When a reader recently reached out to me on adding positive self-talk into her day, I knew I wanted to write a blog post about this juicy subject.
Negative self-talk can be as easy as breathing where as positive self-talk can take more effort, but the payoff can be immeasurable.
Just think about what an average day looks like for you.
What thought do you have after you just wake up and take a look into the mirror? Do you admire your beautiful smile or wonder what happened to you during the night while you were sleeping?
If you’re like most people, it’s not your beautiful smile that you’re focusing on.
Throughout our lives, we create stories based on all of our experiences, what we believe we should be, and what expectations are placed on us by society.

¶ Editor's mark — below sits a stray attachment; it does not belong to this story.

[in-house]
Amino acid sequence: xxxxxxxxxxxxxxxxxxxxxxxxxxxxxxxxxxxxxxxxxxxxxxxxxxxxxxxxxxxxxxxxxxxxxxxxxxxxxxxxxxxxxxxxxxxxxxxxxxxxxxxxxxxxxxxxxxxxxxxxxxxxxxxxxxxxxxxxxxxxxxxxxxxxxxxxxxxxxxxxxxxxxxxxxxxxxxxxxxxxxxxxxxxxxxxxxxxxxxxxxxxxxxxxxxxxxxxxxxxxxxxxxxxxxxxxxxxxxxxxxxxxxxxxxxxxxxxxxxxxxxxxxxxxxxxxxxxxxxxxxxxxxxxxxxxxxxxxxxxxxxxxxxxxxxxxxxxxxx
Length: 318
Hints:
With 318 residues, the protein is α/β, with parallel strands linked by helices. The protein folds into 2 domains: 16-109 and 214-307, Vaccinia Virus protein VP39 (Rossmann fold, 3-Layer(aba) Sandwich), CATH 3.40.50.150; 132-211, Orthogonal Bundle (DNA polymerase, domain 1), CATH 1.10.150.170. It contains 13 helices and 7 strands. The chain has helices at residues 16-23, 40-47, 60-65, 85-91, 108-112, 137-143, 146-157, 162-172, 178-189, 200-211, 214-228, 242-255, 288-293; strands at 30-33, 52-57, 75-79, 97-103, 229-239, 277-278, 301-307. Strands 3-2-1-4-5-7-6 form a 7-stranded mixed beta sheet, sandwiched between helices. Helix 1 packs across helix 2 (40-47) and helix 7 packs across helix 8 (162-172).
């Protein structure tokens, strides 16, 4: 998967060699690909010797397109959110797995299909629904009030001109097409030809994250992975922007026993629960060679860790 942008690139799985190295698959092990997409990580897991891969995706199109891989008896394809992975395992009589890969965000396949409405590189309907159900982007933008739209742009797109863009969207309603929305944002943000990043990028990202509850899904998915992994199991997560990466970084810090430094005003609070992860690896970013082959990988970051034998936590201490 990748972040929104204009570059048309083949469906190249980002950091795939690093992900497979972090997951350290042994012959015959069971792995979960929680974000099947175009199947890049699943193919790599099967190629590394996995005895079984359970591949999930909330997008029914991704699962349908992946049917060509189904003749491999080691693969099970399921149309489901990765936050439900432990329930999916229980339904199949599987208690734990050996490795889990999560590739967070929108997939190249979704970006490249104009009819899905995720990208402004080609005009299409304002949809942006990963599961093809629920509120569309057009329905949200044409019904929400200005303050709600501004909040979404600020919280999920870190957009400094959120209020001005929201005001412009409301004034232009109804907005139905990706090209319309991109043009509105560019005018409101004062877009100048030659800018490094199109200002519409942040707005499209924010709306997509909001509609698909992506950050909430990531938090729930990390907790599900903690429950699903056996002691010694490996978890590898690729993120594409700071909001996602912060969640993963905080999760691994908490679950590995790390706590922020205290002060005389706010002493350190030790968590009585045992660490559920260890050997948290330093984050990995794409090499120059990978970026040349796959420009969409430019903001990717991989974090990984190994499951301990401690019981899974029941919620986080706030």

Your stories could be anything from thinking you are not enough (not pretty enough, not smart enough, not thin enough, etc.) to feeling you need to stifle who you are just to fit in.
Becoming aware of the negative self-talk is the first step in turning things around.
As an experiment, observe how many times a day you have negative thoughts about yourself instead of positive ones. This can be a very eye-opening experience!
Now that you have an idea of what goes on in regards to your thoughts, challenge them by asking yourself “What evidence do I have that _____________ is true?”
If you are honest with yourself, you will probably find very little truth in these negative thoughts.
The next step is creating new thought patterns. This may feel like you are lying to yourself at first and that’s okay. Pick a positive thought and repeat it over and over again until it begins to feel like the truth to you.
Your negative thoughts can be so deeply ingrained within you that patience will be the key to making any shifts!
If you’re ready to start adding more positive thoughts into your day, I would love to support you to make that a reality in your life.
Should you have any questions or want to connect, you can schedule a complimentary discovery session below or reach me at firstname.lastname@example.org.